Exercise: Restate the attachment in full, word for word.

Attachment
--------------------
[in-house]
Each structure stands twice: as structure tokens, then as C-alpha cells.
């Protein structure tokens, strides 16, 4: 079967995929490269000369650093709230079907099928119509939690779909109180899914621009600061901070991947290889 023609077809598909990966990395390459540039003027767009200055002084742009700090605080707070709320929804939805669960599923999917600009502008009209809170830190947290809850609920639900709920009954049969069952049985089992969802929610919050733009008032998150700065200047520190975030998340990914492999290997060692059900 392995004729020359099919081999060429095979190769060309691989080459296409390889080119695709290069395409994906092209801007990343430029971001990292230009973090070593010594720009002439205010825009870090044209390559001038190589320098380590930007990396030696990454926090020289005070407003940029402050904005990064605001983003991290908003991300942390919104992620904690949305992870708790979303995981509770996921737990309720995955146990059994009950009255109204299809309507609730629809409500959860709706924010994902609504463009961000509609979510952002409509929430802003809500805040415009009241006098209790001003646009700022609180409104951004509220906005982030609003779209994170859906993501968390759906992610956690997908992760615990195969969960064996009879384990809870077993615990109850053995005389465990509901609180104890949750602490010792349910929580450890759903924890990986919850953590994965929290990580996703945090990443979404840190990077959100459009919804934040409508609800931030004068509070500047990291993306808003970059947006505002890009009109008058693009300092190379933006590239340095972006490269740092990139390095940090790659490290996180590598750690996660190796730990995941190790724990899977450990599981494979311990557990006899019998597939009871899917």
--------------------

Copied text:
[in-house]
Each structure stands twice: as structure tokens, then as C-alpha cells.
């Protein structure tokens, strides 16, 4: 079967995929490269000369650093709230079907099928119509939690779909109180899914621009600061901070991947290889 023609077809598909990966990395390459540039003027767009200055002084742009700090605080707070709320929804939805669960599923999917600009502008009209809170830190947290809850609920639900709920009954049969069952049985089992969802929610919050733009008032998150700065200047520190975030998340990914492999290997060692059900 392995004729020359099919081999060429095979190769060309691989080459296409390889080119695709290069395409994906092209801007990343430029971001990292230009973090070593010594720009002439205010825009870090044209390559001038190589320098380590930007990396030696990454926090020289005070407003940029402050904005990064605001983003991290908003991300942390919104992620904690949305992870708790979303995981509770996921737990309720995955146990059994009950009255109204299809309507609730629809409500959860709706924010994902609504463009961000509609979510952002409509929430802003809500805040415009009241006098209790001003646009700022609180409104951004509220906005982030609003779209994170859906993501968390759906992610956690997908992760615990195969969960064996009879384990809870077993615990109850053995005389465990509901609180104890949750602490010792349910929580450890759903924890990986919850953590994965929290990580996703945090990443979404840190990077959100459009919804934040409508609800931030004068509070500047990291993306808003970059947006505002890009009109008058693009300092190379933006590239340095972006490269740092990139390095940090790659490290996180590598750690996660190796730990995941190790724990899977450990599981494979311990557990006899019998597939009871899917």